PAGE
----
Daphne Wysham and Smitu Kothari
|In South Asia, millions of people will find their lands and homes inundated, according to a draft report of the Intergovernmental Panel on Climate Change.|
A FINAL draft of a report leaked from the Intergovernmental Panel on Climate Change (IPCC) to the authors lays out shocking scenarios for India and the rest of South Asia. The summary for policy makers that was released by the IPCC on Friday is a call for urgent action globally. While shocking, the fuller final draft version of the Second Working Group of the IPCC's Fourth Assessment Report, which may be watered down before final publication, makes for even more sobering reading: It lays out in explicit detail what lies ahead for India and the rest of Asia. It also presents an opportunity for the country to take the lead in defining a more secure and sustainable future for itself.
Here are some of the devastating consequences detailed in the provisional February 16, 2007, IPCC report on Asia: Sea levels will rise by at least 40 cm by 2100, inundating vast areas on the coastline, including some of the most densely populated cities whose populations will be forced to migrate inland or build dykes — both requiring a financial and logistical challenge that will be unprecedented. In the South Asian region as a whole, millions of people will find their lands and homes inundated. Up to 88 per cent of all of Asia's coral reefs, termed the "rainforests of the ocean" because of the critical habitat they provide to sea creatures, may be lost as a result of warming ocean temperatures.
The Ganga, Brahmaputra, and Indus will become seasonal rivers, dry between monsoon rains as Himalayan glaciers will continue their retreat, vanishing entirely by 2035, if not sooner. Water tables will continue to fall and the gross per capita water availability in India will decline by over one-third by 2050 as rivers dry up, water tables fall or grow more saline. Water scarcity will in turn affect the health of vast populations, with a rise in water-borne diseases such as cholera. Other diseases such as dengue fever and malaria are also expected to rise.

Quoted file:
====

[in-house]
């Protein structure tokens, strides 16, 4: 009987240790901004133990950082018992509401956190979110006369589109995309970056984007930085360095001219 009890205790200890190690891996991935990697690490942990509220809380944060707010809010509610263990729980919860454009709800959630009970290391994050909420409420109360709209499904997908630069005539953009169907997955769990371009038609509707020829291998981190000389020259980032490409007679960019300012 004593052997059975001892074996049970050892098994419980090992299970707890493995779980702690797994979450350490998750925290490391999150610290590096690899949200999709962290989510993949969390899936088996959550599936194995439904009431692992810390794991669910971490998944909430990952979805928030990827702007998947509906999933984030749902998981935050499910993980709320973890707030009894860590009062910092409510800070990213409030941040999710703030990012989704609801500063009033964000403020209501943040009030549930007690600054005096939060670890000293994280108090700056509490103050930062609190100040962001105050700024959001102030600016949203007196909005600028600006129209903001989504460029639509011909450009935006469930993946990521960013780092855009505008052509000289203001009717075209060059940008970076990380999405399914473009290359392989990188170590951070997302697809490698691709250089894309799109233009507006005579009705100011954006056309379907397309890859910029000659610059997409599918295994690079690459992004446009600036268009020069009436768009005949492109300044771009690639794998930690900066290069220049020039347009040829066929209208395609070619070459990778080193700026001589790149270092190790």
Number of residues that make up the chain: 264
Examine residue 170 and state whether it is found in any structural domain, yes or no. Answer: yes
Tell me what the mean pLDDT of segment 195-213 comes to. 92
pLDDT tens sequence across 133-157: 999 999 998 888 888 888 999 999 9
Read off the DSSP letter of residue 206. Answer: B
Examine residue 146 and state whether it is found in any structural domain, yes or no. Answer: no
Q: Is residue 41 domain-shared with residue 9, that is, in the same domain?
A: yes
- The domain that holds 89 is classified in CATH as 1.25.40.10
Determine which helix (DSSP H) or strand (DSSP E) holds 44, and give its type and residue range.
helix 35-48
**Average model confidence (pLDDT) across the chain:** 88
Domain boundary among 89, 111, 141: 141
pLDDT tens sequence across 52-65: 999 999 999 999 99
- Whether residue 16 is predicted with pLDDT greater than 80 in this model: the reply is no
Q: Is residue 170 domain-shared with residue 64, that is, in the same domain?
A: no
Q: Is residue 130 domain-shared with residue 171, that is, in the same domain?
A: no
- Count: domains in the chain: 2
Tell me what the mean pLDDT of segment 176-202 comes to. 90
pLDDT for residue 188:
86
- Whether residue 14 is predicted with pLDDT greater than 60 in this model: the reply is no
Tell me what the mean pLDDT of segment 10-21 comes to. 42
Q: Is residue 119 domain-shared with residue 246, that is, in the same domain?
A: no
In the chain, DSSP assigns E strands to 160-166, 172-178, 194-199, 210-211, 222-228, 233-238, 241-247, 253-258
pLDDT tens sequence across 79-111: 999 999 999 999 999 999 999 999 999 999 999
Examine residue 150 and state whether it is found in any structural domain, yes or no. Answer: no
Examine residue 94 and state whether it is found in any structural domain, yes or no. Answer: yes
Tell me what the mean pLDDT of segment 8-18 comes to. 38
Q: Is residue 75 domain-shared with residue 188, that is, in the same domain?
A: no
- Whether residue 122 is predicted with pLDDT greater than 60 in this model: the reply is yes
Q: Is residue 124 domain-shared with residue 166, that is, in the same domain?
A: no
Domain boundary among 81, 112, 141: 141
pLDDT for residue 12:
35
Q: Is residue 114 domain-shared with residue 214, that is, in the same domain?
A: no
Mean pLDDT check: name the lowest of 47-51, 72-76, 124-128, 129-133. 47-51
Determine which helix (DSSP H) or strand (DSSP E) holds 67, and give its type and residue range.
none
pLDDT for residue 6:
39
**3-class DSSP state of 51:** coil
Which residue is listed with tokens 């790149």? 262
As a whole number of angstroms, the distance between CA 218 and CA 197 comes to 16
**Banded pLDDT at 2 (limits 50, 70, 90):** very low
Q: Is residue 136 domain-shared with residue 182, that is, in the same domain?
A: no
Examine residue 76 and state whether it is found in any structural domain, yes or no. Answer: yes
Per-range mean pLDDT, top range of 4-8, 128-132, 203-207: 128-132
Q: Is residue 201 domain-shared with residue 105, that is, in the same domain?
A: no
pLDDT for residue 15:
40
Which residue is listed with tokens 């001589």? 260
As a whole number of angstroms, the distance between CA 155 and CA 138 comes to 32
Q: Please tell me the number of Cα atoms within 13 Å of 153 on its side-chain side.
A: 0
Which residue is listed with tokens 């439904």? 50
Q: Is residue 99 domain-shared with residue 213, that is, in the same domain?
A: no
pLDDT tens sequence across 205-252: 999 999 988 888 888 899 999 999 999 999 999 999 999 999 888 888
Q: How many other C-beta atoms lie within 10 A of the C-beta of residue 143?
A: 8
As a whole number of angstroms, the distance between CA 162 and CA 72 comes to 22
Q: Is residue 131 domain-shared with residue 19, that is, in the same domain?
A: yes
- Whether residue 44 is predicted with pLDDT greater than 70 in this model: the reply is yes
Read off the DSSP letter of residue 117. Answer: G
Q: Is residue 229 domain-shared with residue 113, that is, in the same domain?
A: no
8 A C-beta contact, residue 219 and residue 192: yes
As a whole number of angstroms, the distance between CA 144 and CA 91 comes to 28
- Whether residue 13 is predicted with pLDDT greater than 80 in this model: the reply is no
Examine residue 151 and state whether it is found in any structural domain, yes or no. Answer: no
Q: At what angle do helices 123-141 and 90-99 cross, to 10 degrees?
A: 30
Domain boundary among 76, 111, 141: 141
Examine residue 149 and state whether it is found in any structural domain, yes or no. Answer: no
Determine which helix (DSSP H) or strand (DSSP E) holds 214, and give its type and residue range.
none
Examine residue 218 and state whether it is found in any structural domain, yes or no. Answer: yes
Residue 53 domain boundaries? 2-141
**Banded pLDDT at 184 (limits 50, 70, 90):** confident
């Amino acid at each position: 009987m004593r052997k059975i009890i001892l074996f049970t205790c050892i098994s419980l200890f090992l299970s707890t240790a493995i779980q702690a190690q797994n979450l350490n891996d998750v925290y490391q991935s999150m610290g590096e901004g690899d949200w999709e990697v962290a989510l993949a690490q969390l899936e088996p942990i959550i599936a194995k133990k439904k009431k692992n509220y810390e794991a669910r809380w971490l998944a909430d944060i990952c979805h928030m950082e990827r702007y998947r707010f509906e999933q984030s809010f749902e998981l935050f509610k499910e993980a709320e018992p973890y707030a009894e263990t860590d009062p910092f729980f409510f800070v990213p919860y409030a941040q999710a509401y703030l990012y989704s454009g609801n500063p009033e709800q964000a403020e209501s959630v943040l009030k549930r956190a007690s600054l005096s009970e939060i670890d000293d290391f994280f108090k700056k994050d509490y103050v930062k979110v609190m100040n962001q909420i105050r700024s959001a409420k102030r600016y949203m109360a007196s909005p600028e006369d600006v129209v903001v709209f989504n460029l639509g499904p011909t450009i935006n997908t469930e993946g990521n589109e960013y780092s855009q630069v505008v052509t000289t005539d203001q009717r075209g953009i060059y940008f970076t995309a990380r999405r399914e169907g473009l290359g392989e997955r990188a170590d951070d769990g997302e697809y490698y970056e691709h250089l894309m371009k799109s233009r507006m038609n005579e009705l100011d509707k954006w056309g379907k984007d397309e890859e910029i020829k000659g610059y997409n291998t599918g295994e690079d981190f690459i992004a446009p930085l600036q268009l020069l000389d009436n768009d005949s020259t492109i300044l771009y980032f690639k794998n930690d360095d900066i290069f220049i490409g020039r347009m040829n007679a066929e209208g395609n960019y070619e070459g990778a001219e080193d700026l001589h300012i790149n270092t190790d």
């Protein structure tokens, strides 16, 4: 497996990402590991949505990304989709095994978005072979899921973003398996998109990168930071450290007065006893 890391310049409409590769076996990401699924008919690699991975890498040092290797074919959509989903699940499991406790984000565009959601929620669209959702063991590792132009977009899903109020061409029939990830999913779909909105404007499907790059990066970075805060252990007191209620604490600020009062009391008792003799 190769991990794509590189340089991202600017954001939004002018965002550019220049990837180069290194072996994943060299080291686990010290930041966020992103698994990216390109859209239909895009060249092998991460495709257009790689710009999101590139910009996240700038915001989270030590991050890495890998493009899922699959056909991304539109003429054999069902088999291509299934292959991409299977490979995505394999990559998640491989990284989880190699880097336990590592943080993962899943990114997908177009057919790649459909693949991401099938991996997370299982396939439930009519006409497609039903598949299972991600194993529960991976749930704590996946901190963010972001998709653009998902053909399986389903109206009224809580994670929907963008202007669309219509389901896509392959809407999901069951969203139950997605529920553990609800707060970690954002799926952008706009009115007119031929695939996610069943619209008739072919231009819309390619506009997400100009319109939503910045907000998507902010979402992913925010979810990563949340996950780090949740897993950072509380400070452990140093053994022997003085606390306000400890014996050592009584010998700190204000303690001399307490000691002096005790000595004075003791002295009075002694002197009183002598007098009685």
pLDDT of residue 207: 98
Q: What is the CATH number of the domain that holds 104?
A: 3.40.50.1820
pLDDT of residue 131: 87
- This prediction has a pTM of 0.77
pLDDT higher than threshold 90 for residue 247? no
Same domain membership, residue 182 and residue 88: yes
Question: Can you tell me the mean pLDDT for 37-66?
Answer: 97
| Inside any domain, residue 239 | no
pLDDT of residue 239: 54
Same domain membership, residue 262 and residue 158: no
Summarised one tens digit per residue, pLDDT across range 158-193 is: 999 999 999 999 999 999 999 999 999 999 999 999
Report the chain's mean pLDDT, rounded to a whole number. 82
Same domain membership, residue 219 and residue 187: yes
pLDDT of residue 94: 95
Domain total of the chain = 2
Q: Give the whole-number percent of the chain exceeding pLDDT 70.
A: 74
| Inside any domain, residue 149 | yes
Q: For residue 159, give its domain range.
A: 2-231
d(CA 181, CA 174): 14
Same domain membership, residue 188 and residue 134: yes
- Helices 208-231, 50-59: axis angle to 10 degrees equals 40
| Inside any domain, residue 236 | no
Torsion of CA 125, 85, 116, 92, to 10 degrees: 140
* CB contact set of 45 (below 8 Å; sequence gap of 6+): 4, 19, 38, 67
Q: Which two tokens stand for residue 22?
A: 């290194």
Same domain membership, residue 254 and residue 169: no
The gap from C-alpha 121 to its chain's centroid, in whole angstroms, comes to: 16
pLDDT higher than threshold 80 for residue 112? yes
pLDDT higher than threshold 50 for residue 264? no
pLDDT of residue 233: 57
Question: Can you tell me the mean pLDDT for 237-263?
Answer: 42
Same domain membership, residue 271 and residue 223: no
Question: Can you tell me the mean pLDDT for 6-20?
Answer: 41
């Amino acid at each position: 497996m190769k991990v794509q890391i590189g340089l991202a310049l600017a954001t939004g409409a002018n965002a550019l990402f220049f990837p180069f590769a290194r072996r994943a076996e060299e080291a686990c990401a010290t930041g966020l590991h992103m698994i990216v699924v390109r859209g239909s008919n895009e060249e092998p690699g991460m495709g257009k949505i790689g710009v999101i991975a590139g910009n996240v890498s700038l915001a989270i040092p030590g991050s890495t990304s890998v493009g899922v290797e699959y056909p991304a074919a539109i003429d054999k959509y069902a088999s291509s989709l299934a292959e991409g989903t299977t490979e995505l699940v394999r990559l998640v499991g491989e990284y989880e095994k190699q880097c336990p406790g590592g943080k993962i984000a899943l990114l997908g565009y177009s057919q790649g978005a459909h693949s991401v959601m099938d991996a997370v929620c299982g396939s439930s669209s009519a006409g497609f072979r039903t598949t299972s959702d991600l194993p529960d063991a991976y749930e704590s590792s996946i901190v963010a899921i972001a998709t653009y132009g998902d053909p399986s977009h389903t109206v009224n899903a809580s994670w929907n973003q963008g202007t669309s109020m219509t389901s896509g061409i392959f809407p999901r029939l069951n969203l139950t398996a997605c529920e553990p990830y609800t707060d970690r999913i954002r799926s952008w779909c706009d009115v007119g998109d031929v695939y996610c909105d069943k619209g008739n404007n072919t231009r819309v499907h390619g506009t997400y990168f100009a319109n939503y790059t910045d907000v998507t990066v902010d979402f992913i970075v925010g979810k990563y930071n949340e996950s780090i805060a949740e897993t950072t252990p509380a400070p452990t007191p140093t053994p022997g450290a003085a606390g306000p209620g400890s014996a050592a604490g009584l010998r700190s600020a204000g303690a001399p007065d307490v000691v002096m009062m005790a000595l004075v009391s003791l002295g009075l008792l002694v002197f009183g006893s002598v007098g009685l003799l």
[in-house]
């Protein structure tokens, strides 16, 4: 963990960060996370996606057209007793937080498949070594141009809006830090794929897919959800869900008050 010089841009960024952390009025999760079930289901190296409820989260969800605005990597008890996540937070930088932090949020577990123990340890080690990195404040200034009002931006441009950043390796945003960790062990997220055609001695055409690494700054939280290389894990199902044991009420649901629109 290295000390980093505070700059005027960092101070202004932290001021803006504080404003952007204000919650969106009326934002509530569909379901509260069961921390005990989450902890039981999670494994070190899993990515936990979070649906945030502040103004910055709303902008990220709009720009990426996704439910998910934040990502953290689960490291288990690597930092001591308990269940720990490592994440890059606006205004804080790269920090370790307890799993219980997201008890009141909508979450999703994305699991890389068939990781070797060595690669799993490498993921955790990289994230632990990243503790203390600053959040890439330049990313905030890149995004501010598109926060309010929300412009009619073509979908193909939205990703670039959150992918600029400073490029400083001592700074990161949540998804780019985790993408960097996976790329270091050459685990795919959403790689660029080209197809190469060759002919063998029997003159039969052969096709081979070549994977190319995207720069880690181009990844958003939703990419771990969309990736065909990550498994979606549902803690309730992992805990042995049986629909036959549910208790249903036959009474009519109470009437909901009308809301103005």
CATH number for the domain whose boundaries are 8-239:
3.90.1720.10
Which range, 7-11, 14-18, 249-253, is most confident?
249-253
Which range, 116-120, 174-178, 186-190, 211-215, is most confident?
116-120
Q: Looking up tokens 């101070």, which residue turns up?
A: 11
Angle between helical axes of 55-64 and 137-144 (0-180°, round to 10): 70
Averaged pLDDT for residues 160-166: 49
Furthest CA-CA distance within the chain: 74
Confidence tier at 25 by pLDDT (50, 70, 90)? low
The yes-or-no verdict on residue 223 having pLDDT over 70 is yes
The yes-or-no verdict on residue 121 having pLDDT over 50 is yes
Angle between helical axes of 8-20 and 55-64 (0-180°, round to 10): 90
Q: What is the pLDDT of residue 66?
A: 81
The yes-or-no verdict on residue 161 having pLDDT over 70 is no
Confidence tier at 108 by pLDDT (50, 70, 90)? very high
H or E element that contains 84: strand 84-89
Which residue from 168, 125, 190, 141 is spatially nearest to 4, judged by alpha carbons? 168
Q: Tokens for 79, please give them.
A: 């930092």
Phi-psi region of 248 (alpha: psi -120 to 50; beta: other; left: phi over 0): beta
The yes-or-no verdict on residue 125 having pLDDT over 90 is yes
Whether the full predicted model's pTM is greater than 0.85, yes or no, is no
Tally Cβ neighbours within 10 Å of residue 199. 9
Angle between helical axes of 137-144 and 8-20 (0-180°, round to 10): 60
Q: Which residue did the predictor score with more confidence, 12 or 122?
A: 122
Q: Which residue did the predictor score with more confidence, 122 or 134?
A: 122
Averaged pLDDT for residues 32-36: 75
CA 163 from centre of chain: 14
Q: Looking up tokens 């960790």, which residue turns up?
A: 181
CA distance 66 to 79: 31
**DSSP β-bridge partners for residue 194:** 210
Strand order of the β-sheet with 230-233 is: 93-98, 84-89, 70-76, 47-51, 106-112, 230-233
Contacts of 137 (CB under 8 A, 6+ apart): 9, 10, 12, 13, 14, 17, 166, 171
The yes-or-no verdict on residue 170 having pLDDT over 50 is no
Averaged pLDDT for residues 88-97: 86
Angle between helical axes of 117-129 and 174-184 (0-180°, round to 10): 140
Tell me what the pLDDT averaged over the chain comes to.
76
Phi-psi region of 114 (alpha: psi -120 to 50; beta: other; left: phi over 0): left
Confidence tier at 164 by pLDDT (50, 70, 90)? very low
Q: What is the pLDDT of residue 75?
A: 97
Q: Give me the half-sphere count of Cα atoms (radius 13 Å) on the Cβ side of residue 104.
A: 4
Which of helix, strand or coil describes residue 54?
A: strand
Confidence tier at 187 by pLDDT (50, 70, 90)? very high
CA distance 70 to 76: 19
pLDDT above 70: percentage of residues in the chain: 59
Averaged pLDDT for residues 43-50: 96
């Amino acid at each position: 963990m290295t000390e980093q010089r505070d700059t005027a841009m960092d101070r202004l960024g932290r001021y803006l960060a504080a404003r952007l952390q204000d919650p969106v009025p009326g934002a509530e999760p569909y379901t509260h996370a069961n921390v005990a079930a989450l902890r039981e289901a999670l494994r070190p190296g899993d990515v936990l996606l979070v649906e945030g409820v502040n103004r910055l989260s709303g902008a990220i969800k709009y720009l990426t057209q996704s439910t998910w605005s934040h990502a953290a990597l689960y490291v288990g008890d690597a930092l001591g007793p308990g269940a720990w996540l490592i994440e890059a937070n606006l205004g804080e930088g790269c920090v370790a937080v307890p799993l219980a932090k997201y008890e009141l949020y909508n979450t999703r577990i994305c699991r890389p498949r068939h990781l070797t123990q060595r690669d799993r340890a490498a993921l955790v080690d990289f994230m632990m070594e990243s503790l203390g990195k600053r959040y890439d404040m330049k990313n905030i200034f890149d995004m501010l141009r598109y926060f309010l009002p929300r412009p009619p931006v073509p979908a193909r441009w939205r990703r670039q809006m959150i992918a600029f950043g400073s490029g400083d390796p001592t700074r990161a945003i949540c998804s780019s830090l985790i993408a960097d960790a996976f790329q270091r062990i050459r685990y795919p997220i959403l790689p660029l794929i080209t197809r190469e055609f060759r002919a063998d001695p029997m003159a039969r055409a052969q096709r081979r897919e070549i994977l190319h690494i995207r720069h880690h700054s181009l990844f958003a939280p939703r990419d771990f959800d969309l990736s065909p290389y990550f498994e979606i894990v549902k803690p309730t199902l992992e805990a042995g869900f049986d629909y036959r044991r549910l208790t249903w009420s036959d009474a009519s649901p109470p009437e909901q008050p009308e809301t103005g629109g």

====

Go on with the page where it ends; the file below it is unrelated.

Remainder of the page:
Crop productivity will fall, especially in non-irrigated land, as temperatures rise for all of South Asia by as much as 1.2 degrees C on average by 2040, and even greater crop loss — of over 25 per cent — as temperatures rise to up to 5.4 degrees C by the end of the century. This means an even lower caloric intake for India's vast rural population, already pushed to the limit, with the possibility of starvation in many rural areas dependent on rainfall for their crops. Even those areas that rely on irrigation will find a growing crisis in adequate water availability.
Mortality due to heat-related deaths will climb, with the poor, the elderly and daily wage earners and agricultural workers suffering a rise in heat-related deaths.
This grim future awaits India in the coming century. The irony is that much of this damage will be self-inflicted, unless the country is prepared to make a radical, enlightened change in its energy and transportation strategies.
We are truly at a crossroads: Either we can be complacent or wait for leadership from a reluctant United States, the largest greenhouse gas emitter in the world, or begin to take action now, regardless of what other countries do.
The path that India has taken thus far, of waiting until wealthy countries take action on global warming, is understandable if viewed in isolation. The U.S., the U.K., and other countries in the wealthy North, have developed their economies largely thanks to fossil fuels. It is only fair that India be allowed to attain the same standard of living before curbing its emissions.
But as the IPCC report makes clear, while it may be "fair" to do so, it is also suicidal for India to pursue any strategy but the least carbon-intensive path toward its own development. Wealthy, less populous countries in the North are very likely — and very unfairly — going to suffer fewer devastating blows to their economies, and may actually benefit with extended growing seasons, while India and other South Asian nations will dramatically and painfully suffer if action is not taken now.